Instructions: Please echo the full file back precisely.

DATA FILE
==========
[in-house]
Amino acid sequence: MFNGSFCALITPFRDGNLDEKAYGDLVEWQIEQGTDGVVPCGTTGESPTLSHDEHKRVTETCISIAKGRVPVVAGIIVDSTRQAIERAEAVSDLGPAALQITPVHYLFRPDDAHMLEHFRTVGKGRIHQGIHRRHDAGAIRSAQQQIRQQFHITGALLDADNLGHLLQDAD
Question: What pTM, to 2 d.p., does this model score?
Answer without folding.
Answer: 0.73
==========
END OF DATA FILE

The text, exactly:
[in-house]
Amino acid sequence: MFNGSFCALITPFRDGNLDEKAYGDLVEWQIEQGTDGVVPCGTTGESPTLSHDEHKRVTETCISIAKGRVPVVAGIIVDSTRQAIERAEAVSDLGPAALQITPVHYLFRPDDAHMLEHFRTVGKGRIHQGIHRRHDAGAIRSAQQQIRQQFHITGALLDADNLGHLLQDAD
Question: What pTM, to 2 d.p., does this model score?
Answer without folding.
Answer: 0.73